In the third ATLANTIC EXCHANGE series, Senator George Mitchell, former U.S. Special Envoy to the Middle East, is featured in the segment of Is Peace Possible?, a multimedia presentation and special report on resolving the Israeli-Palestinian conflict.
In the opening comments, Robert Wexler who retired from congress to become president of The S. Daniel Abraham Center for Middle East Peace, claims, “no one agrees less than 80%” with Senator Mitchell.
I won’t quibble over percentages, but as only an “honest and objective view” is the way forward, I offer why Senator Mitchell gets it wrong about apartheid.
When the “A” word comes up at around the 50-minute mark, Mr. Mitchell expresses his disapproval of using “complicated words” and “inflammatory words and phrases that create aggravation and hostility”.
Not facing the true facts on the ground creates aggravation and increases hostility and although Apartheid is complex, the word itself is not.
According to a 2007 UN report,, Haaretz columnist Danny Rubinstein said, “Israel today was an apartheid State with four different Palestinian groups: those in Gaza, East Jerusalem, the West Bank and Israeli Palestinians, each of which had a different status…even if the wall followed strictly the line of the pre-1967 border, it would still not be justified. The two peoples needed cooperation rather than walls because they must be neighbors.” 
“An apartheid society is much more than just a ‘settler colony’. It involves specific forms of oppression that actively strip the original inhabitants of any rights at all, whereas civilian members of the invader caste are given all kinds of sumptuous privileges.”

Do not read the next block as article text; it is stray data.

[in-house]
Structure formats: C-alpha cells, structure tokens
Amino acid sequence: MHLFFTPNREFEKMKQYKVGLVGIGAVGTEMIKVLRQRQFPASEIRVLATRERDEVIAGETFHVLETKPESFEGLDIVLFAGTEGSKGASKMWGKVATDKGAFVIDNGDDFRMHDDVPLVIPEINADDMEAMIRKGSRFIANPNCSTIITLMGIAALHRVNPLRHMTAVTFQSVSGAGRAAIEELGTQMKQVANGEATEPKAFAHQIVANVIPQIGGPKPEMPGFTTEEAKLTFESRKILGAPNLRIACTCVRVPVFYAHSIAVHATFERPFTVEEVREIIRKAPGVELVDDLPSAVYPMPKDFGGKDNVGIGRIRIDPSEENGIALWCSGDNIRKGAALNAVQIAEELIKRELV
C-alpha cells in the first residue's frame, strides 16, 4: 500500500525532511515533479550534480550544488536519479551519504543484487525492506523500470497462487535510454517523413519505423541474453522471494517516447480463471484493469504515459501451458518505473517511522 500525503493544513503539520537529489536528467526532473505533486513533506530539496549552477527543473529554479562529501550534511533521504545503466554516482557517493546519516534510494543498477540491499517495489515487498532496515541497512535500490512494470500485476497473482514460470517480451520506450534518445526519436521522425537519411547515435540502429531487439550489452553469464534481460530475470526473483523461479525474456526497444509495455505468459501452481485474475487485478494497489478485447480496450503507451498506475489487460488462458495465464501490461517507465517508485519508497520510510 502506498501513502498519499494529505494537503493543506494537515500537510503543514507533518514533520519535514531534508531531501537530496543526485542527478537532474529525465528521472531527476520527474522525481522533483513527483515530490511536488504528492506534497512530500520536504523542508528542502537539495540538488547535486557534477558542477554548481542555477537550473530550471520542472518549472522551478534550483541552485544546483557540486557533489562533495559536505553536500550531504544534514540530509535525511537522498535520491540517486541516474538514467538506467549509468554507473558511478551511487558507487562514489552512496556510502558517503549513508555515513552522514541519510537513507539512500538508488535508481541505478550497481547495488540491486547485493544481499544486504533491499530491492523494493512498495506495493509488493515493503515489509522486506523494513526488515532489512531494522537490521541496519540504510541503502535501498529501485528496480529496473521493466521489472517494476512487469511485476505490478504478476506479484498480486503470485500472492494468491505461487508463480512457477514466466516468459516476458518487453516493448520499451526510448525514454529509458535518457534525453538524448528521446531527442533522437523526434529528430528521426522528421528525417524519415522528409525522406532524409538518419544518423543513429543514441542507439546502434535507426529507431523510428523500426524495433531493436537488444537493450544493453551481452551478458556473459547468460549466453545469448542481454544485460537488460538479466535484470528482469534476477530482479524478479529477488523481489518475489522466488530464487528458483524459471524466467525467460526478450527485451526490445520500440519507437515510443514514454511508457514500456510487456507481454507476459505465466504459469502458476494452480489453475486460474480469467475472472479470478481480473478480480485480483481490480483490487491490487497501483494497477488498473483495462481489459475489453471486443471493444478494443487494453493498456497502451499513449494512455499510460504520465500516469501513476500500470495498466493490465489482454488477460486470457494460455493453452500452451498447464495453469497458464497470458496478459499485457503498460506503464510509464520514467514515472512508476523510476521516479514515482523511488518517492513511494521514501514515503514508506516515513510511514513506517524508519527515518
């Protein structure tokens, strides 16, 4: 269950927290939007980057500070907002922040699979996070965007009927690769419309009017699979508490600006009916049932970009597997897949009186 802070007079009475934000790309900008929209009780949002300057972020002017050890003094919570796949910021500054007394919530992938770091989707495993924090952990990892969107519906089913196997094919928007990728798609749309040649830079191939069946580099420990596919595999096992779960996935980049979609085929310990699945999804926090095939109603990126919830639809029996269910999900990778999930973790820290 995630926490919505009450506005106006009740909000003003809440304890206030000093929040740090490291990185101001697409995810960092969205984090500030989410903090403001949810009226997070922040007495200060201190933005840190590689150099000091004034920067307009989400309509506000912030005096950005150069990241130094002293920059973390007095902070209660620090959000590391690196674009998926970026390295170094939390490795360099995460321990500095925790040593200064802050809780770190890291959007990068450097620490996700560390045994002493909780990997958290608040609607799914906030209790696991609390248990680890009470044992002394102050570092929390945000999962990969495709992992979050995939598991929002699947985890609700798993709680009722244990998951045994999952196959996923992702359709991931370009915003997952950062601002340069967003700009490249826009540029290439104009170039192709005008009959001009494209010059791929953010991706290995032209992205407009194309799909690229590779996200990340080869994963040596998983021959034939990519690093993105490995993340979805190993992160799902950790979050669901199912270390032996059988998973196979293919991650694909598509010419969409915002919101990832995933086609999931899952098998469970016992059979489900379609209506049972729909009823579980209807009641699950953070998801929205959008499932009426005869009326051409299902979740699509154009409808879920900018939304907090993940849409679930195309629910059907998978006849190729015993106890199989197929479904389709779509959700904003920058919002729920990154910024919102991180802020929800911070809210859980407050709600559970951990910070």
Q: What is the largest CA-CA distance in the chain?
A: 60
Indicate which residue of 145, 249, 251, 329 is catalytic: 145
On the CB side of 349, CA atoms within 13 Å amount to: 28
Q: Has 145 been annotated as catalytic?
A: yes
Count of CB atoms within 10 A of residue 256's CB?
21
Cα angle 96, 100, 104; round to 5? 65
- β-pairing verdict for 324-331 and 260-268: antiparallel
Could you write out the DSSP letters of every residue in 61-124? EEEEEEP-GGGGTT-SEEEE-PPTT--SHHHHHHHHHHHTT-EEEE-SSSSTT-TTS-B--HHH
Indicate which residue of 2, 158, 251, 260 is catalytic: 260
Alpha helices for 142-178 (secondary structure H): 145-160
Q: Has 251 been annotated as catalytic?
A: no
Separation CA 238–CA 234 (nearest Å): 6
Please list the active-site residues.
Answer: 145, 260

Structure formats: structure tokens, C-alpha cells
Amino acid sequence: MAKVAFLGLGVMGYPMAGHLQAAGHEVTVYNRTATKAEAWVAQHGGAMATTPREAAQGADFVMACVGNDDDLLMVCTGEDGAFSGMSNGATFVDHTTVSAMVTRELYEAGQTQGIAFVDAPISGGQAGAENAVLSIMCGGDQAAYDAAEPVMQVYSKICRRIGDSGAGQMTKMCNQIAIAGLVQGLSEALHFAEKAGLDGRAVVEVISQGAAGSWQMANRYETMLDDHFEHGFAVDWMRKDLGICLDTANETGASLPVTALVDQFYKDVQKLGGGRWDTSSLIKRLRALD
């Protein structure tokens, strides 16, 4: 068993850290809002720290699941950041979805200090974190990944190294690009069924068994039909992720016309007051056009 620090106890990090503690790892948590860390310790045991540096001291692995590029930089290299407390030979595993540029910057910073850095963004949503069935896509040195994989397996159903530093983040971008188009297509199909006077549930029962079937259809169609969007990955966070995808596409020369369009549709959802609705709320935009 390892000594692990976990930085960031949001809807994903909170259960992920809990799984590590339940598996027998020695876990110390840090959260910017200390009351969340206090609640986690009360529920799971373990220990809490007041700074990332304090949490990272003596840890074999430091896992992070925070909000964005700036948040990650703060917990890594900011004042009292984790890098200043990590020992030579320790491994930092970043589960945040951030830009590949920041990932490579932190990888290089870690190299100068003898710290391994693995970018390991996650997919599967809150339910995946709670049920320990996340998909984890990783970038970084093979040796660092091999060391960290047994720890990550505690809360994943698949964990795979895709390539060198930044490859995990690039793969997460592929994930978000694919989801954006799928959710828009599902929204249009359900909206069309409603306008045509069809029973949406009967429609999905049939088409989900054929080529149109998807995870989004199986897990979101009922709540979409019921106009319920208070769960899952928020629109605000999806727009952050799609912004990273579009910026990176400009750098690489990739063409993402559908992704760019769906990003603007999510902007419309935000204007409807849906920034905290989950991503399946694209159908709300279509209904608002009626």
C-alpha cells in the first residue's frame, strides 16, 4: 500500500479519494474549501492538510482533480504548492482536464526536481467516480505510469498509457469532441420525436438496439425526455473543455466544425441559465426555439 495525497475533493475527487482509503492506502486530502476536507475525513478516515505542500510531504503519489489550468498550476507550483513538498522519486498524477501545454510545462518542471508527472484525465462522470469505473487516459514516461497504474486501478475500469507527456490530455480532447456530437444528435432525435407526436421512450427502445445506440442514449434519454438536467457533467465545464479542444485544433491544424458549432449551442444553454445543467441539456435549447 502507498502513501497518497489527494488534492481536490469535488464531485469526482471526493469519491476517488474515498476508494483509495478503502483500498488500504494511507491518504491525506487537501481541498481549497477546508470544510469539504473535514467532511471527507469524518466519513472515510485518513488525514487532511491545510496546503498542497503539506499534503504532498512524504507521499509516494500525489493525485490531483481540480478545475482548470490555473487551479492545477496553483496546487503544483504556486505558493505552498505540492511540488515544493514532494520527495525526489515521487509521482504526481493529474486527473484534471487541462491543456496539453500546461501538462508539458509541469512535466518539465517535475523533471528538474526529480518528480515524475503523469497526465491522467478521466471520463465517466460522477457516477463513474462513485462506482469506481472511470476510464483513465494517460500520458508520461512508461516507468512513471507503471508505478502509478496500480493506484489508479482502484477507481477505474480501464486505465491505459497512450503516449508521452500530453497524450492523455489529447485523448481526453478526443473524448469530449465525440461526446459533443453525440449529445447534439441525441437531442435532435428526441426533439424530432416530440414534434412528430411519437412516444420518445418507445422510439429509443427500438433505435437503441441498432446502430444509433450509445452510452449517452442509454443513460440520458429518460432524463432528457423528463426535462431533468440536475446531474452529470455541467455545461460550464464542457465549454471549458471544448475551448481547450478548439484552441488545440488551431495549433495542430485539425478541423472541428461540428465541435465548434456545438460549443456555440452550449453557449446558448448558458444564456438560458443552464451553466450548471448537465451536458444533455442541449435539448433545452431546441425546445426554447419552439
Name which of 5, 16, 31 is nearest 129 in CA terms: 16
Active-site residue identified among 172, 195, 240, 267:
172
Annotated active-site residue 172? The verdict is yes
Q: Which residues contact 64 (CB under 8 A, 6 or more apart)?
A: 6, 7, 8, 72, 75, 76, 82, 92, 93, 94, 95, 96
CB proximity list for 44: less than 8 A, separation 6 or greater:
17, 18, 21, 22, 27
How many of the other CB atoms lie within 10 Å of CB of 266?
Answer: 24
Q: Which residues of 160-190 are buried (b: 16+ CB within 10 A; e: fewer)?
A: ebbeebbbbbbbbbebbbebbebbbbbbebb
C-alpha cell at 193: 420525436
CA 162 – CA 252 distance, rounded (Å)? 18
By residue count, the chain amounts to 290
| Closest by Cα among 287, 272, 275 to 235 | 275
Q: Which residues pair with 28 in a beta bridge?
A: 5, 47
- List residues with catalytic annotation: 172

On May 14, 1948, The Declaration of the establishment of Israel affirmed that, “The State of Israel will be based on freedom, justice and peace as envisaged by the prophets of Israel: it will ensure complete equality of social and political rights to all its inhabitants irrespective of religion it will guarantee freedom of religion [and] conscience and will be faithful to the Charter of the United Nations.”
However, reality intrudes, for “The truth, which is known to all; through its army, the government of Israel practices a brutal form of Apartheid in the territory it occupies. Its army has turned every Palestinian village and town into a fenced-in, or blocked-in, detention camp.”- Israeli Minister of Education, Shulamit Aloni quoted in the popular Israeli newspaper, Yediot Acharonot on December 20, 2006,
How could a state founded on “equality of social and political rights to all its inhabitants” come to be such a state of hypocrisy?
A Little History:
On July 5, 1950, Israel enacted the Law of Return by which Jews anywhere in the world, have a “right” to immigrate to Israel on the grounds that they are returning to their own state, even if they have never been there before.